Human activities and disturbances can put a significant amount of stress on localenvironments and a new research review has shown that the functional diversity in arid, desert environments can be affected by the hand of man. According the report published in the Journal of Arid Environments, mammalian communities living in dry ecosystems are “drastically changing” as a result of human activities. “We report for the first time that in drylands, the effect of human-induced disturbances on mammal functional diversity is negative,” said study co-author Veronica Chillo, a biologist in the Functional diversity Research Group at the Argentinian Institute of Arid Lands Research.

Lights out? The dangers of exposure to light at night
(September 10, 2012) — A panel of world experts shed light on the extent of the dangers and harm that night-time artificial lighting causes, emphasizing that it could be LED causing most harm, at 21st International Congress of Zoology. … > full story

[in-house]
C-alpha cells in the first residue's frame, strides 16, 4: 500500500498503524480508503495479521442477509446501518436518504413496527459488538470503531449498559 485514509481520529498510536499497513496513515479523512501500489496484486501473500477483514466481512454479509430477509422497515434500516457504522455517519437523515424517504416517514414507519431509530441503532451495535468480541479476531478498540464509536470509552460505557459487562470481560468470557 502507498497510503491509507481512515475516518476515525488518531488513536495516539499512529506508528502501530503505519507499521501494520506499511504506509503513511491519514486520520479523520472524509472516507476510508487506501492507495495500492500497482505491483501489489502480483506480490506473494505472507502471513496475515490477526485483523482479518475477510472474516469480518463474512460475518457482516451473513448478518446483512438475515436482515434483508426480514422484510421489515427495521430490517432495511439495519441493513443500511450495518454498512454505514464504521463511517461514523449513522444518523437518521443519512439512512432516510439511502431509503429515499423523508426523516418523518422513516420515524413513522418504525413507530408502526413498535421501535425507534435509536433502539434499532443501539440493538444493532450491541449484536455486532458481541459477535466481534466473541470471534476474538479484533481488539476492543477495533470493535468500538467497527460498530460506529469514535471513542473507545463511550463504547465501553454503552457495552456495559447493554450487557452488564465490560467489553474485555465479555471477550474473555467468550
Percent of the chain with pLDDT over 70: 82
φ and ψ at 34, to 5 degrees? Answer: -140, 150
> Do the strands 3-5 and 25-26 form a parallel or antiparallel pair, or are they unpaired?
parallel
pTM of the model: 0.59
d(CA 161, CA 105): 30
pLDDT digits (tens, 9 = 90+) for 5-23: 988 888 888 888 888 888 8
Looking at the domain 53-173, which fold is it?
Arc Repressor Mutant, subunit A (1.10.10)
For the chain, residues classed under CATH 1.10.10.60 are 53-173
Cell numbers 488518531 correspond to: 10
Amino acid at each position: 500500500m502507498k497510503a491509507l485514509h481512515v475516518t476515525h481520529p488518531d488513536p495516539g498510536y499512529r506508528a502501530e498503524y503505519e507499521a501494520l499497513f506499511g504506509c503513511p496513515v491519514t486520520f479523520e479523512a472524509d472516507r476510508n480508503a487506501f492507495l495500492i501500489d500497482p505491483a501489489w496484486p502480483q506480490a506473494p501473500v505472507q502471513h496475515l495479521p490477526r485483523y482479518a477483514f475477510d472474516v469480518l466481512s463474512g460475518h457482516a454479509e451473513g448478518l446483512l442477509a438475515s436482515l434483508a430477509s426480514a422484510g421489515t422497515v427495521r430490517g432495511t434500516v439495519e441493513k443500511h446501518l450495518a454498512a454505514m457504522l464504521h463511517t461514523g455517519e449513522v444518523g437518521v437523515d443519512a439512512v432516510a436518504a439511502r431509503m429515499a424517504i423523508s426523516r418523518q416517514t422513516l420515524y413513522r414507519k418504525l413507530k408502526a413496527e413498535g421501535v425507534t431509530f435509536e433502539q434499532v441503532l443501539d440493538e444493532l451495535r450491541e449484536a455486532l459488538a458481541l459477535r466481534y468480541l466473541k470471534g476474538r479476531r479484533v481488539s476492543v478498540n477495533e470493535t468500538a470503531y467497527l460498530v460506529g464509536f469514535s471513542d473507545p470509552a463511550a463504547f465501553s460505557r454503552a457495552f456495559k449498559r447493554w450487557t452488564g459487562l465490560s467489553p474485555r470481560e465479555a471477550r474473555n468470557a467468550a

Bird food maker poisoned product, and birds, to keep insects out – ‎September 7, 2012‎

“Scotts admitted that it used these pesticides contrary to EPA directives and in spite of the warning label appearing on all Storicide II containers stating, ‘Storcide II is extremely toxic to fish and toxic to birds and other wildlife’,” the EPA said



Fresh push to save Central CA Coast coho salmon

San Francisco Chronicle September 7, 2012